Business

IMF: Global economy needs collective action now

  • 23 September 2011
  • From the section Business
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IMF chief Christine Lagarde has called for countries to "act now and act together" to keep on the path to economic recovery.

"We are by no means strangers, and we are linked by a common destiny," she said at the annual meeting of the IMF and the World Bank in Washington.

"And these turbulent times must bind us ever closer together."

Ms Lagarde was speaking after another week of volatility on the world's share markets.

In Europe, the main share indexes in London, Paris and Frankfurt all fell about 4% over the week.

Meanwhile, UK Chancellor George Osborne warned time was running out to tackle the eurozone debt crisis.

Speaking in Washington, where the G20 is also gathering, Mr Osborne said European leaders had six weeks to end the crisis.

'Dark clouds'

Ms Lagarde said: "There is a path to recovery. It's narrower than it was three years ago but there is a path and we have options."

But she added: "There are dark clouds over Europe and there is huge uncertainty in the US. And with that we could risk a collapse in global demand.

"Well, so what? Let's remove the clouds and remove the uncertainty. Easier said than done, and it requires clearly a collective action.

"We are all in it together and nobody should be under any illusion that there could be a de-coupling."

Global shares had slumped on Thursday, sparked by a Federal Reserve warning late the previous day about the outlook for the US economy.

And on Friday, Greece denied media reports it was contemplating defaulting on its debts, with creditors taking a 50% hit on Greek government bonds.

Finance Minister Evangelos Venizelos said Athens was focusing on reducing its debt levels.

"All other discussions, rumours, comments and scenarios which are diverting our attention from this central target and Greece's political obligation... do not help our common European task," he said.

Also on Friday, credit rating agency Moody's downgraded eight Greek banks due to concerns about Greece's ability to pay back its debts.

Two of the Greek banks downgraded, the Emporiki Bank of Greece and General Bank of Greece, are majority-owned by France's Credit Agricole and Societe Generale respectively.

Unimpressed

Thursday's market falls had sparked the G20 to announce a commitment "to take all necessary actions to preserve the stability of banking systems and financial markets as required".

It said it would follow up this pledge with a "bold action plan" at the beginning of November.

Analysts said investors were unimpressed by the announcement.

"The statement from the G20 last night may have taken the edge off the current bitter market sentiment, but the reassurances from the finance ministers lack substance," said Jane Foley at Rabobank.

"Until politicians back their actions with words in respect to moving closer to a solution to the eurozone debt crisis, markets will continue to worry about a messy and painful outcome from the eurozone debt crisis."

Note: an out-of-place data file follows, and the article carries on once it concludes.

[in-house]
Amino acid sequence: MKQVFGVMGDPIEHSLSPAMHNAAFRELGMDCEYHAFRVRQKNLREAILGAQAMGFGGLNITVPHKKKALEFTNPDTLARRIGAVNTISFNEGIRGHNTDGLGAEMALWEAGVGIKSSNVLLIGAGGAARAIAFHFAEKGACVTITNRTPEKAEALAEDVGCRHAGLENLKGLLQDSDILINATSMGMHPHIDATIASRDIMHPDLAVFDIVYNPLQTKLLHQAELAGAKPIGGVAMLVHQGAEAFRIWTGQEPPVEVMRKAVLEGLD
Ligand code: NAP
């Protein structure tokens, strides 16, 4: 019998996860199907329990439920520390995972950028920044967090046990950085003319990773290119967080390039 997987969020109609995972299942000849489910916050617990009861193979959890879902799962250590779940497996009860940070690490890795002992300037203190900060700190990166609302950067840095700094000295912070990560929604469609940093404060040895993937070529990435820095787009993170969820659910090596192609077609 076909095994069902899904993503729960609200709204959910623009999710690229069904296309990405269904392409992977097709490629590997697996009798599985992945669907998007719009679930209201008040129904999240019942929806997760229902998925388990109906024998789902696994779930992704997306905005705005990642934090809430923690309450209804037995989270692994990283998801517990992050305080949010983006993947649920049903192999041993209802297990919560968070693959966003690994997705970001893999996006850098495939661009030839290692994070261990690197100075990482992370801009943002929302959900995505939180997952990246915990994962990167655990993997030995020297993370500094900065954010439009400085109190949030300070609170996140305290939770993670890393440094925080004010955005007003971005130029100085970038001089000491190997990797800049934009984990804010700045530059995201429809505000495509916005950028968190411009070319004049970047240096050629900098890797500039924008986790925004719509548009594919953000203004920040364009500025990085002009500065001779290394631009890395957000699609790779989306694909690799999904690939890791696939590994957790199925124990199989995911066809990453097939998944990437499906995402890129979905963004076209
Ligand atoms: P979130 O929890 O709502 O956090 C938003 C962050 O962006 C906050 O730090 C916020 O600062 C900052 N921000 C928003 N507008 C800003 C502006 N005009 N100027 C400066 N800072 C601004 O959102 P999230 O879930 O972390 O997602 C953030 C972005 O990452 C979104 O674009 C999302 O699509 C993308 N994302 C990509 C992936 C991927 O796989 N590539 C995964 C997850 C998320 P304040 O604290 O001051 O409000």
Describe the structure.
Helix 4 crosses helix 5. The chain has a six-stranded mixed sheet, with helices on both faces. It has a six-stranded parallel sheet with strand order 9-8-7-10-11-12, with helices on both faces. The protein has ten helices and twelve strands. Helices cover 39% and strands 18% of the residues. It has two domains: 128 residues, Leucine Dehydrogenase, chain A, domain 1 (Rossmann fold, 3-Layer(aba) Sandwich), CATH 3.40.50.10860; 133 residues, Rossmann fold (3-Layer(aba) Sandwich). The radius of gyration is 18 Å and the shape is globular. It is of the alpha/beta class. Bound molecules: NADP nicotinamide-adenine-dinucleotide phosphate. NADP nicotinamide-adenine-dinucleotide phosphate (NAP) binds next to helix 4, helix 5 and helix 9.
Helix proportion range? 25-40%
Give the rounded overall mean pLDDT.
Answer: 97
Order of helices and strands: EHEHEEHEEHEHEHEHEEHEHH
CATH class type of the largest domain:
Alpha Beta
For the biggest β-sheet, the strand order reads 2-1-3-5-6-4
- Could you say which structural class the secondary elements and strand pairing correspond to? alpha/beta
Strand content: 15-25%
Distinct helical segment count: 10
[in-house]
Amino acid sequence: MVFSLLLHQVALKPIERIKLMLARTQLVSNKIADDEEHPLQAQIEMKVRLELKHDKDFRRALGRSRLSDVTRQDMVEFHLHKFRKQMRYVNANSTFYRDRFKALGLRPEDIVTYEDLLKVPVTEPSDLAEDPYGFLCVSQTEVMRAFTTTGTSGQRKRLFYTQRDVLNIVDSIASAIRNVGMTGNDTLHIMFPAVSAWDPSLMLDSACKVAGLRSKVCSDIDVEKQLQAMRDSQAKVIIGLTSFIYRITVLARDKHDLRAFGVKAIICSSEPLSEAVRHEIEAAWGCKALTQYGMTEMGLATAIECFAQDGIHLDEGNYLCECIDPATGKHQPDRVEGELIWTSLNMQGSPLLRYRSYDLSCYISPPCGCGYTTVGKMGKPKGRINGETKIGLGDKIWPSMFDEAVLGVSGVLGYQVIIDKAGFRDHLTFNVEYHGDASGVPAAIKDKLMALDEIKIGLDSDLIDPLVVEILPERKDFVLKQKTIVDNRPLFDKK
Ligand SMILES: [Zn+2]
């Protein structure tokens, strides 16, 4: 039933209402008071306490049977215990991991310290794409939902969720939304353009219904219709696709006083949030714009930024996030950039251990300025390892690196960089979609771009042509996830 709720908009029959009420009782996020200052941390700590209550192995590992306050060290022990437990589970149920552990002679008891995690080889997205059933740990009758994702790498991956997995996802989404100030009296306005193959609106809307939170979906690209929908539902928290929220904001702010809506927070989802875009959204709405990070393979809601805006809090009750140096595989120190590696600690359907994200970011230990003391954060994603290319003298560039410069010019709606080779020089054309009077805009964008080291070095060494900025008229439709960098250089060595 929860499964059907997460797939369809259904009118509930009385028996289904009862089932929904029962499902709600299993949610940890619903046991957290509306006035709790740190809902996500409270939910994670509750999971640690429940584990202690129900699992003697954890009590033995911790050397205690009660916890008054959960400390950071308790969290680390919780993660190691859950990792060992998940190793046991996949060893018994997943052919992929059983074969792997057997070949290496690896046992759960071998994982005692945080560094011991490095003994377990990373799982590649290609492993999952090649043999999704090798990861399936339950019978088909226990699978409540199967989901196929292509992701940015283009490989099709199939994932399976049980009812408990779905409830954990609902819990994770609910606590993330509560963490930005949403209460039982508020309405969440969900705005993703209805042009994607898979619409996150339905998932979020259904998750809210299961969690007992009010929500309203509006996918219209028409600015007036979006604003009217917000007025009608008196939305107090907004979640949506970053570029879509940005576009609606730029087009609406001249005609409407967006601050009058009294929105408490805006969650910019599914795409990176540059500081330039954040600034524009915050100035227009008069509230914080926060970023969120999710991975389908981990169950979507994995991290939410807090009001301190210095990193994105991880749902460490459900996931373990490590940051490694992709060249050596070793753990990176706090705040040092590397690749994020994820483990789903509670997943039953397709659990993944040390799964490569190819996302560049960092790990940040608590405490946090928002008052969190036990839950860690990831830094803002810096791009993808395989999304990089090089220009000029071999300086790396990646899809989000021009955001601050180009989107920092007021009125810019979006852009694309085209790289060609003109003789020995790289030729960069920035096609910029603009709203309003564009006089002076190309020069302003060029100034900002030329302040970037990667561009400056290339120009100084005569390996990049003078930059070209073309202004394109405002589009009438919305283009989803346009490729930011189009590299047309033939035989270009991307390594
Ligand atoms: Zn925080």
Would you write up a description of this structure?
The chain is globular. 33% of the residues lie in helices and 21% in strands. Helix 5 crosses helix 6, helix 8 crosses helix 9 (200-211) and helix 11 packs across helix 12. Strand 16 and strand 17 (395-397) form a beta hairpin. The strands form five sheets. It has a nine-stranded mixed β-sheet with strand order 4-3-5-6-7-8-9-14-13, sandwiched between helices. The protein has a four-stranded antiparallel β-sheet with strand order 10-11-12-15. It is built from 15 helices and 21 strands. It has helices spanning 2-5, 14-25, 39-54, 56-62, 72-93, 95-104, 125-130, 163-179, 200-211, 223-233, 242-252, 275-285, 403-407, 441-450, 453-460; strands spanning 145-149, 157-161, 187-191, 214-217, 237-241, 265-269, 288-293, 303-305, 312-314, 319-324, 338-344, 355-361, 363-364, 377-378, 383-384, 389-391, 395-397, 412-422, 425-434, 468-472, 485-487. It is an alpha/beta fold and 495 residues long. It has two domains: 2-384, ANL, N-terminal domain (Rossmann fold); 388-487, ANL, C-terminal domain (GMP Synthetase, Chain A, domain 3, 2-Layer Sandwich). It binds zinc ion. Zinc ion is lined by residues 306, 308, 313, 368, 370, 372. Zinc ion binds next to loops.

The G20 has given little hint of what action it may take, but markets have long been calling for a substantial increase in the eurozone's communal bailout fund, the European Financial Stability Facility (EFSF), from its agreed level of 440bn euros ($596bn; £385bn).

Many investors also want the eurozone to issue bonds guaranteed by every one of the 17-member nations - so-called eurobonds. However, a number of policymakers, particularly those in Germany, have resisted the idea.

In July, European finance ministers proposed making the EFSF more flexible, allowing it to buy individual government bonds - which would bring down the cost of borrowing for heavily indebted nations - and to offer emergency credit lines to banks. However, the proposals have not yet been ratified.

Sense of urgency

Analysts say far swifter action is needed in order to soothe investors' jittery nerves.

"Markets work on a second-by-second basis, while politicians seem to be working to a monthly calendar," Jeremy Stretch from CIBC told the BBC.

UK Chancellor George Osborne also said that time was of the essence.

"There is a far greater sense of urgency than there was three weeks ago about the necessity for the eurozone to address its problems and there is pressure on the eurozone from across the international community," he told the BBC.

He said there was a recognition that a solution needed to be found in weeks not months, and a comprehensive solution needed to come from the G20 leaders' meeting in November.

The BBC's economics editor, Stephanie Flanders, said the chancellor was echoing comments from people outside the eurozone, who think the Europeans missed an important opportunity to resolve the situation over the summer.

They had the summit in July then the perception was that they all went on holiday, leaving question marks over the markets which has now cost them dearly, she said.

The Labour leader, Ed Miliband, has called for the November G20 meeting to be brought forward so that leaders can agree a plan for growth.

Jim O'Neill, chairman of Goldman Sachs Asset Management, suggested this weekend's meeting in Washington could mark the beginning of concerted action to tackle the debt crisis in Europe which is the cause of so much stock market volatility.

"The thing that really brought the world to a better place in 2008 was genuine collective action involving both the developed and the developing world through the G20," he told the BBC.

"The fact that they're all there together in [Washington] DC this weekend should lay the framework for thoughts about quite significant actions... sometime between now or possibly at the November G20 in France."

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